Indiana Lifts Ban on Needle-Exchange Programs

By Zachary Siegel 04/07/15

Amidst the controversy surrounding the state's religious freedom law, Gov. Mike Pence did the right thing for public health.

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An HIV outbreak among intravenous drug users prompted health officials in southeastern Indiana to start a needle-exchange program. There have been around 90 cases reported, the most in Indiana’s history.

Republican Governor Mike Pence signed an emergency executive order last week in an attempt to control Indiana’s most intense HIV outbreak. The executive order suspended Indiana’s ban on needle-exchange programs for the next 30 days, but the ban has been localized to only Scott County, just 30 miles north of Louisville, Ky.

According to the News and Tribune in Jeffersonville, Ind., “Governor Pence has been clear that he does not support needle exchange as anti-drug policy on an ongoing basis, he's been equally clear about his concern over this outbreak, and has taken a critical step to end this outbreak by allowing this needle exchange to occur," said Jerome Adams, Indiana’s Health Commissioner.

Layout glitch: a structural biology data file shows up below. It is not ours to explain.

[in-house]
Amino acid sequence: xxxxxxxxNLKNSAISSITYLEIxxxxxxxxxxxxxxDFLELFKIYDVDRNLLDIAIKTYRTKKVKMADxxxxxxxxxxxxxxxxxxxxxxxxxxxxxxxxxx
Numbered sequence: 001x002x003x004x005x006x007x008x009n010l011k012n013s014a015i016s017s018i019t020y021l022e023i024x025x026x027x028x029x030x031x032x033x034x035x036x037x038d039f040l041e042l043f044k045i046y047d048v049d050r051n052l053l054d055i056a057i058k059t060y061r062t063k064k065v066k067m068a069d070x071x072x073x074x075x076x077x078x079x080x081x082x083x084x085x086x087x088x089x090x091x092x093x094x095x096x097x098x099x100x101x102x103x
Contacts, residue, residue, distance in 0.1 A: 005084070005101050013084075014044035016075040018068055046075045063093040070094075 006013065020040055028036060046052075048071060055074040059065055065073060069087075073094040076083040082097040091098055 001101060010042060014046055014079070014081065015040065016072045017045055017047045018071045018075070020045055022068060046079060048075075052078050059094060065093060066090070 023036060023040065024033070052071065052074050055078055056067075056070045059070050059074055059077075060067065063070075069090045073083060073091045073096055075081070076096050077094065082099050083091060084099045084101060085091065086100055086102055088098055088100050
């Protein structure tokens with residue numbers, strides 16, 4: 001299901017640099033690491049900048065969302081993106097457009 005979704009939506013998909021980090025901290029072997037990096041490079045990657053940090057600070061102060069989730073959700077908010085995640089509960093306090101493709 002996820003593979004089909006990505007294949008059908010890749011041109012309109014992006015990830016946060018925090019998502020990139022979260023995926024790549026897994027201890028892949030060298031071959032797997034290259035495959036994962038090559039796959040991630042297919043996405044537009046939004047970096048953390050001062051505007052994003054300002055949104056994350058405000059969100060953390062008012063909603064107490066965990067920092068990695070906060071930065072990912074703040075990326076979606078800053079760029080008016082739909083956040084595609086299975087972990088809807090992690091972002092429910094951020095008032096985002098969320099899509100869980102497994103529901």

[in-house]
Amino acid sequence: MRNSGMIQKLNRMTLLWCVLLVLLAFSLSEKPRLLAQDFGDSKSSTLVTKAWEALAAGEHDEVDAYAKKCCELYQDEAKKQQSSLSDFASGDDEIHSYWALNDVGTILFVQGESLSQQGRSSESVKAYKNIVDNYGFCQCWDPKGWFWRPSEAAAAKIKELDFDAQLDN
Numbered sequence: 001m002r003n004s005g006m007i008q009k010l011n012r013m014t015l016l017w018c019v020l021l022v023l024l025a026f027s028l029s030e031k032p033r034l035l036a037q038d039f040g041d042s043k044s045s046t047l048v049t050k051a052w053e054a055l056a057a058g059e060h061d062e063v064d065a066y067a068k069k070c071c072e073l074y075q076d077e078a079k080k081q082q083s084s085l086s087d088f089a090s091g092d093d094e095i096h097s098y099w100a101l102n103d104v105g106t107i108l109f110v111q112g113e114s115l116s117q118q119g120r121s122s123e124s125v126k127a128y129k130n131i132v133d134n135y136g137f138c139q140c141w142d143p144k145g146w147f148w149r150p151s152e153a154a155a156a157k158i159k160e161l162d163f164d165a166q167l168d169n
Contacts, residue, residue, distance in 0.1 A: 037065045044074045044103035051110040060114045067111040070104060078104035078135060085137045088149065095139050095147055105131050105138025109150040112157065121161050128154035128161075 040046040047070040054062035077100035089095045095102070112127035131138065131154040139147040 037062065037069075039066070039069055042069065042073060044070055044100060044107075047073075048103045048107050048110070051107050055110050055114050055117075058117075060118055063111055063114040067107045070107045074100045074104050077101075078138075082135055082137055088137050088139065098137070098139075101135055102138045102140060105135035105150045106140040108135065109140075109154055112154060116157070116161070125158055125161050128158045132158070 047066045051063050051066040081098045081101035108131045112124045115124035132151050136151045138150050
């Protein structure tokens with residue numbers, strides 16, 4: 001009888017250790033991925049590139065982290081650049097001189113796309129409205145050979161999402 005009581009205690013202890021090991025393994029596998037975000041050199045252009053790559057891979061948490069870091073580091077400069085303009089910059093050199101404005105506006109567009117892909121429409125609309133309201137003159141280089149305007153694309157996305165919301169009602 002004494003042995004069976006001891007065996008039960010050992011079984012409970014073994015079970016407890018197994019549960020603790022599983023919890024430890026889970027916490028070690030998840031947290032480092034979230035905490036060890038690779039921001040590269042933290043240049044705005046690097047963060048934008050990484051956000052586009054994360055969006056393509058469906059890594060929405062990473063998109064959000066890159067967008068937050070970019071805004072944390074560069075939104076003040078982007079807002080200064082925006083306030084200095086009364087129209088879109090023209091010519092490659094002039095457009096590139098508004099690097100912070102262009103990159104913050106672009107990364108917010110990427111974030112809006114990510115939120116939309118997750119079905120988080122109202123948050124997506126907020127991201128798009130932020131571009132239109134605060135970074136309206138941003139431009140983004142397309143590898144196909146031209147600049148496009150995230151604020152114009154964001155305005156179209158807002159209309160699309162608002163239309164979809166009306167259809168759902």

Governor Pence voices his concerns about such programs despite evidence from several NIH funded studies that consistently demonstrate a 33% reduction of incidence rates in HIV cases where people participate in needle exchange programs.

The 30 day needle-exchange program is based in the Community Outreach Center located in Austin, Ind., a hotbed of where the most HIV cases have been reported. As of now, Austin has had 84 confirmed cases of HIV.

Each individual will receive one week’s worth of clean syringes, given access to free HIV screenings, hepatitis A and B vaccinations, as well as drug treatment referrals. Health Commissioner Adams reiterated that one should not feel ashamed to seek help as this is now an issue of public health.

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Zachary Siegel is a freelance journalist specializing in science, health and drug policy. His reporting has also appeared in Slate, The Daily Beast, Salon, Huffington Post, among others. He writes often about addiction, sometimes drawing from his own experience. You can find out more about Zachary on Linkedin or follow him on Twitter.

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